Chickasaw Nation Governor Bill Anoatubby reached back in time to move toward the future in Tishomingo, Oklahoma on April 28, dedicating a statue honoring arguably one of the most pivotally important and influential Chickasaws in modern history.
For generations, people called him Piomingo. The tribe, through historical research and in consultation with its language department, discovered the great Mountain Leader should be addressed as Piominko.” “Minko” is Chickasaw for “leader.”
A large gathering of Chickasaw Nation and Tishomingo community dignitaries corrected the name and formally recognized the statue on the grounds of the historic Chickasaw Nation Capitol as that of “Piominko.”
“We are going back to our roots and calling people by their proper title,” Gov. Anoatubby told the gathering on a spectacular April afternoon.
Piominko and President George Washington enjoyed a personal relationship, Gov. Anoatubby said. They both signed the 1786 Treaty of Hopewell which formalized the Chickasaw Nation’s alliance with the fledgling federal government and “defined the tribal boundaries,” Gov. Anoatubby said.
He is honored for his greatness and visionary actions benefiting the Chickasaw Nation and for enhancing the overall quality of life of the Chickasaw people, Gov. Anoatubby added.
When American colonists plunged headlong into the Revolutionary War, Piominko allied with them rather than the Spanish.
“In a bold move, and one that turned out to be one of his greatest achievements, he acted as a tribal diplomat in order to protect tribal sovereignty,” Gov. Anoatubby explained.
When the smoke cleared with victory for the colonists, Piominko was there to build partnerships with the new Americans.
The sculpture – painstakingly crafted for more than three years by internationally renowned Oklahoma artist, ex-state political leader and former Seminole Nation Principal Chief Enoch Kelly Haney – now guards the historic Capitol. Piominko is cautious; a steely eye is peeled for danger; a tomahawk is tucked securely in his waistband. Other necessities are packed in his “possibles” bag. The greatness of Piominko and his importance to the Chickasaw Nation is fully on display. “My team and I researched Piominko through historical records and accounts. We paid attention to the smallest of details to ensure the work was historically accurate,” Haney said following the dedication ceremony.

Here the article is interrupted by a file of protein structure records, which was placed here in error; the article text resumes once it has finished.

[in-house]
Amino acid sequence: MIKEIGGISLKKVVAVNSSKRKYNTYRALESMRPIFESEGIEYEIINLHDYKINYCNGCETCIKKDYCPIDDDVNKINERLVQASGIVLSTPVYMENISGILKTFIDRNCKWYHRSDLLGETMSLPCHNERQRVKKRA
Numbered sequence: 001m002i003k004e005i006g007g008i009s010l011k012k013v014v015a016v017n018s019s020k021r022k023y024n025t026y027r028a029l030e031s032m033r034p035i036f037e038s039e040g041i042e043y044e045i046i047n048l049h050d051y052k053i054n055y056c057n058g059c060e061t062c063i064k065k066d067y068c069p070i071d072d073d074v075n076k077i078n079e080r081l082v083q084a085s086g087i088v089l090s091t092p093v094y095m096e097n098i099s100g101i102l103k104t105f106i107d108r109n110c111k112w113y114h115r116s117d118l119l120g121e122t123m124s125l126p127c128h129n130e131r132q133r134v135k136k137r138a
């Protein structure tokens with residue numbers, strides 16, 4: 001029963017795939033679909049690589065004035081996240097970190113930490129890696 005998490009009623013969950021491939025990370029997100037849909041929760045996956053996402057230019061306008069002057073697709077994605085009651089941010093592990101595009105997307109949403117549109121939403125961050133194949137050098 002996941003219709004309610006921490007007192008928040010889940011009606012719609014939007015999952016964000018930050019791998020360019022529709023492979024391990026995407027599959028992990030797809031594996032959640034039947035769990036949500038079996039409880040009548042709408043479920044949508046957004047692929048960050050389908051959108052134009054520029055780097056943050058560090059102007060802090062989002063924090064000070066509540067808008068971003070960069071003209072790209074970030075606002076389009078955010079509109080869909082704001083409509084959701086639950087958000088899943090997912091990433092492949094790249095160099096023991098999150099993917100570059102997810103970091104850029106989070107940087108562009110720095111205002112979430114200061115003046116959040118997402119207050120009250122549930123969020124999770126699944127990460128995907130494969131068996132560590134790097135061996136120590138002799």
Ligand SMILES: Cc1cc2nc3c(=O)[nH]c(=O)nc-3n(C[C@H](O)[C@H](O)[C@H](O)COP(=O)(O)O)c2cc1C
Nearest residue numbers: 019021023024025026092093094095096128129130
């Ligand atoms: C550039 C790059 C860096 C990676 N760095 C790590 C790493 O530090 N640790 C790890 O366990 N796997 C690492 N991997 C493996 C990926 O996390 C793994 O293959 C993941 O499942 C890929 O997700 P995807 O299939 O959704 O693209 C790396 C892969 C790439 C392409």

Haney’s sculpture of Piominko shows the great Chickasaw leader in traditional post-European contact attire, sporting a peace medal presented to him by President Washington, along with the traditional Chickasaw gorget. Gov. Anoattuby praised Haney as “honoring us again with a great work of art.”
Haney also crafted the Chickasaw Warrior sculptures proudly displayed at the tribe’s headquarters and the Chickasaw Nation Medical Center, both in Ada, and the Chickasaw Cultural Center in Sulphur.
Piominko was born in Mississippi around 1750 and played a huge role in protecting the Chickasaw Nation and the lower Mississippi River valley from invaders, warlords, foreign intruders and enemies of the tribe.
Piominko effortlessly split his endeavors between two worlds – Native and non-Native. It is believed he lived in western Tennessee and among Chickasaws in northern Mississippi throughout his lifetime.
On January 10, 1786, Piominko signed the Treaty of Hopewell and was later welcomed to Washington’s home in Philadelphia July 11, 1794.
Piominko received a commission as an officer of the militia from President Washington. He received something else from President Washington that would resonate throughout Chickasaw culture. It was a full-length military jacket. A statue of Piominko in Tupelo, Mississippi, shows him wearing a military jacket. Its double-breasted splendor became a fashion adopted by many Chickasaw men of the era. Chickasaws included them in their everyday clothing and made them uniquely Chickasaw through cultural accessories, such as gorgets.
The aging Piominko (49 was considered elderly in the 18th century) made his last public appearance in July 1797. He and William Colbert were successful in winning approval for the site of a new fort at the present day Auction Square in Collierville, Tennessee.
Piominko provided strong leadership. He acted as a diplomat to protect Chickasaw sovereignty. He met with other southeastern tribes, governors of states and President Washington to reach agreements benefiting Chickasaws.
Little is known of Piominko’s death, although it very likely occurred in the winter of 1798 or early 1799. The end probably came in a Chickasaw village near present-day Tupelo, Mississippi.